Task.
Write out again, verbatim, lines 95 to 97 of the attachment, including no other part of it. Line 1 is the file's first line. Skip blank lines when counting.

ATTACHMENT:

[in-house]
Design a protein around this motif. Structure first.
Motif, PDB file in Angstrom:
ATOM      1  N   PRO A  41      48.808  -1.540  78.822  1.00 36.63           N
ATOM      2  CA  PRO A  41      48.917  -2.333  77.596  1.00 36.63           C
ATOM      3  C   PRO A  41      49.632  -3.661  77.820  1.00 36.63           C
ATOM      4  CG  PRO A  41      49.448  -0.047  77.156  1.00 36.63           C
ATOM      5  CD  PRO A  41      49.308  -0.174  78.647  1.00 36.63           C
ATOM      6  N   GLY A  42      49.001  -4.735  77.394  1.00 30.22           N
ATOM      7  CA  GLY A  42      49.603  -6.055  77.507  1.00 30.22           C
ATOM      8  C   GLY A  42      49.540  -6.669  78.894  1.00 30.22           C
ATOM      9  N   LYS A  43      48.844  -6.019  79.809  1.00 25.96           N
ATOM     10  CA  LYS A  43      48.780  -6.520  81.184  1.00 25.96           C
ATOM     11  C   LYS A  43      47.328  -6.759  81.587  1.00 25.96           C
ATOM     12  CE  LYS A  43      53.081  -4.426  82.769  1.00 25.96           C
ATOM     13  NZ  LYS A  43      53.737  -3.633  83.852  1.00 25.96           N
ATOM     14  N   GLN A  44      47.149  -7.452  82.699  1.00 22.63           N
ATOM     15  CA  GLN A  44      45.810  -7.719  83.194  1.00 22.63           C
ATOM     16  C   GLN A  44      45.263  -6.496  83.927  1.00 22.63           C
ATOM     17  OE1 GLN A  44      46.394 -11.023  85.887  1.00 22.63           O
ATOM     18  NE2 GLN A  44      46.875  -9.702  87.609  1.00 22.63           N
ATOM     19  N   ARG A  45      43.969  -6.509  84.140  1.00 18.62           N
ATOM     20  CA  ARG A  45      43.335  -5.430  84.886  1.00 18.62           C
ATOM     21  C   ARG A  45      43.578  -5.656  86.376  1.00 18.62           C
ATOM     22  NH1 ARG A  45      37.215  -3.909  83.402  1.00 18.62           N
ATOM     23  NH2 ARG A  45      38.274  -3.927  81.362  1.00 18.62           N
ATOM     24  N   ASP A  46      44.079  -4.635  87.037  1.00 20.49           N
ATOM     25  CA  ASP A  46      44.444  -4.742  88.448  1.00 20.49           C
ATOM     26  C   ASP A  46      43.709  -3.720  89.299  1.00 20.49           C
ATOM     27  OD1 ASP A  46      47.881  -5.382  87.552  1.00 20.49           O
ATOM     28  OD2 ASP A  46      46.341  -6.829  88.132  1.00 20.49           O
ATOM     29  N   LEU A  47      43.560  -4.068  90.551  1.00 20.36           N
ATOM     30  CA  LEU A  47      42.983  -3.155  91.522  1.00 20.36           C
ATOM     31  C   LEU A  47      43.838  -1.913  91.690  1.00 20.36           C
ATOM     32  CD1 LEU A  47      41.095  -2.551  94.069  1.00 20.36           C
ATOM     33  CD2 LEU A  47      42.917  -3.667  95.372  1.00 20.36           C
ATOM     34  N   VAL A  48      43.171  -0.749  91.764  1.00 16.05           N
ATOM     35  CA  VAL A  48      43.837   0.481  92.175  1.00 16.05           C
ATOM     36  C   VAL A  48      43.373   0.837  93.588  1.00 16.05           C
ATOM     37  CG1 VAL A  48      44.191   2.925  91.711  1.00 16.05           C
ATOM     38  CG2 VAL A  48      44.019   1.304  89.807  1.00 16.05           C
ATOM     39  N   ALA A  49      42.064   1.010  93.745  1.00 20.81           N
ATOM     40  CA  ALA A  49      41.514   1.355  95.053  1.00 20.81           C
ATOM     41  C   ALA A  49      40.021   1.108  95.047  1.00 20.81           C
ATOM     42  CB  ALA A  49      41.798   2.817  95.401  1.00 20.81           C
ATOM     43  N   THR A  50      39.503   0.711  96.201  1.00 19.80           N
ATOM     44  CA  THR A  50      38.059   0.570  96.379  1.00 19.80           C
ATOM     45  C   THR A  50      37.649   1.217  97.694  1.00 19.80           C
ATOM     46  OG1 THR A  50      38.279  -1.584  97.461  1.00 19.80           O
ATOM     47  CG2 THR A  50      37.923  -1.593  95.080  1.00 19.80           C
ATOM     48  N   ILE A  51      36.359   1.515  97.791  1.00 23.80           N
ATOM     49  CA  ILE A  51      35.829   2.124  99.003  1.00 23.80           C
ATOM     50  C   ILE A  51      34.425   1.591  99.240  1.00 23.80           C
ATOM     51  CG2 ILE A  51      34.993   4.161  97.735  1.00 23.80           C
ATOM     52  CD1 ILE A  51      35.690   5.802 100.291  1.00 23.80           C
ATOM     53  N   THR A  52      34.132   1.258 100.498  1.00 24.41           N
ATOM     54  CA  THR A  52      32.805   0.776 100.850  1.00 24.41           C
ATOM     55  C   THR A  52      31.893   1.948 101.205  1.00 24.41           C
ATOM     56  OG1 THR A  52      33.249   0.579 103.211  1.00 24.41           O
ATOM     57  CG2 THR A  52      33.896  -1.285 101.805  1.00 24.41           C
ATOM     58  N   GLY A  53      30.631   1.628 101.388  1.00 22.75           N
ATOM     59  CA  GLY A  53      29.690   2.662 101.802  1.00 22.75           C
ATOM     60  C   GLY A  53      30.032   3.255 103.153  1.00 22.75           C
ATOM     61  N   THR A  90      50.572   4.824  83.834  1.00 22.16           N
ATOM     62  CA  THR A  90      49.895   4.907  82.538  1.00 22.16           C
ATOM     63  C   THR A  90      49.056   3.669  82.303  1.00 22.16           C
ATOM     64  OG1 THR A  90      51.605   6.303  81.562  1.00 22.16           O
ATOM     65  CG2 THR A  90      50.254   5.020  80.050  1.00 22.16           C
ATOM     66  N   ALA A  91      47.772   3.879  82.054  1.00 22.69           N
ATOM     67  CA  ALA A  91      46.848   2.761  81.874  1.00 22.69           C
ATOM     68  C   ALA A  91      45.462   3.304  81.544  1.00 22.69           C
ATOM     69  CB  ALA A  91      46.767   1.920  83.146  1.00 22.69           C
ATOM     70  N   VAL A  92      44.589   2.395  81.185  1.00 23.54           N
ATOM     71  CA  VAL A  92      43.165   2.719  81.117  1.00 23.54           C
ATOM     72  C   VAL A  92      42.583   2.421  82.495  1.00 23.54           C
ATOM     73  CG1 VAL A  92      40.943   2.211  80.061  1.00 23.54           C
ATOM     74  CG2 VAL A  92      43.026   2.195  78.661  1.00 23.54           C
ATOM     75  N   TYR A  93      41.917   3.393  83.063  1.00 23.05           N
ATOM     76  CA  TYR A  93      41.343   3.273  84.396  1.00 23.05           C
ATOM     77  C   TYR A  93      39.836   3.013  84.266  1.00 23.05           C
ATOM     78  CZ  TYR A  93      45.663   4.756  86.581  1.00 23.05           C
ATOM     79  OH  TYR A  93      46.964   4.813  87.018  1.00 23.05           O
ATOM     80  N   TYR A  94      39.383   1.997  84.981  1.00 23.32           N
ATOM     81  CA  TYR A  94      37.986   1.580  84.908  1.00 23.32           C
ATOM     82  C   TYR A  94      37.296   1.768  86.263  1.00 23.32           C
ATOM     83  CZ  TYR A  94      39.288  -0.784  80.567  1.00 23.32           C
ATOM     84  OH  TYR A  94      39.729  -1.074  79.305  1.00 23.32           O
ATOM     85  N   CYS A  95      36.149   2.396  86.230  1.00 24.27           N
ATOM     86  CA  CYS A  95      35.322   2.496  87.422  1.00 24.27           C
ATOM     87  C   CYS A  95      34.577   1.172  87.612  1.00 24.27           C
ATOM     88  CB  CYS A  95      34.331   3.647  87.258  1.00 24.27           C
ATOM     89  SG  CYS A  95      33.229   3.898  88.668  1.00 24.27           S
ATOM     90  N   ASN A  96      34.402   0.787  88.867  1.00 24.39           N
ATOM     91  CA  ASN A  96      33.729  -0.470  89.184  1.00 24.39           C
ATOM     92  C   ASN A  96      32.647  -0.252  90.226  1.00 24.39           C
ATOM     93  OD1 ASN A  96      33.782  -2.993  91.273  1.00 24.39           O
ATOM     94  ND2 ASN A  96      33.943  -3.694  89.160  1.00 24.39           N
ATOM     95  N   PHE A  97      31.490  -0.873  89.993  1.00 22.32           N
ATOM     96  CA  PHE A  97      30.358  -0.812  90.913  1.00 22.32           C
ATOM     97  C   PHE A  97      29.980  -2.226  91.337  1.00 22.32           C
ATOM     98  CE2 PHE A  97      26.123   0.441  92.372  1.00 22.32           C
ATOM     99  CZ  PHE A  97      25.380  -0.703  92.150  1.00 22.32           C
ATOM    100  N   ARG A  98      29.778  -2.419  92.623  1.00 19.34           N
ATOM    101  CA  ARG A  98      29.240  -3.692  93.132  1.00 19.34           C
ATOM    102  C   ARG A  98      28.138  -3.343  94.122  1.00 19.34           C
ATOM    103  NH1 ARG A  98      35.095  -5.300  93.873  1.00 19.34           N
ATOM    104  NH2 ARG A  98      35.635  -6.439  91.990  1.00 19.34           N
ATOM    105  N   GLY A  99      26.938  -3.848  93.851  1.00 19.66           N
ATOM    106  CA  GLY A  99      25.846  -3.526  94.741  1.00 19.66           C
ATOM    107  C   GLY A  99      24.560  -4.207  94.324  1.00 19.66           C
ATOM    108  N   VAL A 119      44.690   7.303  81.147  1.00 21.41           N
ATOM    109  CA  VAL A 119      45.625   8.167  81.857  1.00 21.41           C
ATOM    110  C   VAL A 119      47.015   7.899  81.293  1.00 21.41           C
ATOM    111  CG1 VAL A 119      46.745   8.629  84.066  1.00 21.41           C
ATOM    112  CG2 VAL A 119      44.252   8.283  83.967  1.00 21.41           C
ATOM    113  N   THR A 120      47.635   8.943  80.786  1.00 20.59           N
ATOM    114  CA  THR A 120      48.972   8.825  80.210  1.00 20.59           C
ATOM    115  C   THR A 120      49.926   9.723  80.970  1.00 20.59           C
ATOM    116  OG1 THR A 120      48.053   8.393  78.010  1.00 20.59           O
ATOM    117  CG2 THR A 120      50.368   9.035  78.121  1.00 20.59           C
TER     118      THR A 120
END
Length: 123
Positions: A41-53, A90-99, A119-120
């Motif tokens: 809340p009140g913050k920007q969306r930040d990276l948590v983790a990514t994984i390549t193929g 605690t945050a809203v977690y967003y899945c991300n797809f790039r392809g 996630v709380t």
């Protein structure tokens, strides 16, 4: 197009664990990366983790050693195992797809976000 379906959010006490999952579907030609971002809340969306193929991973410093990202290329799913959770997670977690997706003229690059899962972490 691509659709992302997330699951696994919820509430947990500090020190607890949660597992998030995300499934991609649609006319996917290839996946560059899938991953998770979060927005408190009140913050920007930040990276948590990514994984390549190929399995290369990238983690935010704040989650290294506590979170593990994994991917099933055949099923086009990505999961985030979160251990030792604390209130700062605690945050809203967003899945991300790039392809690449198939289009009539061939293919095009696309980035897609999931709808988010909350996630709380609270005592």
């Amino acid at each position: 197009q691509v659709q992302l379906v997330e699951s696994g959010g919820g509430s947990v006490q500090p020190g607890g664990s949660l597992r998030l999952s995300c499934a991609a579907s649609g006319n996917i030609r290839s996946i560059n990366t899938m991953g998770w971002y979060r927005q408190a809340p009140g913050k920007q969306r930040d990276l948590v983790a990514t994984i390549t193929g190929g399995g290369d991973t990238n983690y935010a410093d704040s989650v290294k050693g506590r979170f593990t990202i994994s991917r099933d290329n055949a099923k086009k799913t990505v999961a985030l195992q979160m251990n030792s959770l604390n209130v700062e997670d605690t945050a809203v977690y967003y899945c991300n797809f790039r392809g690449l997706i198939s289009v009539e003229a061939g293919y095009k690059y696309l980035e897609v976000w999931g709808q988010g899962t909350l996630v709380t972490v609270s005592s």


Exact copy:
ATOM     92  C   ASN A  96      32.647  -0.252  90.226  1.00 24.39           C
ATOM     93  OD1 ASN A  96      33.782  -2.993  91.273  1.00 24.39           O
ATOM     94  ND2 ASN A  96      33.943  -3.694  89.160  1.00 24.39           N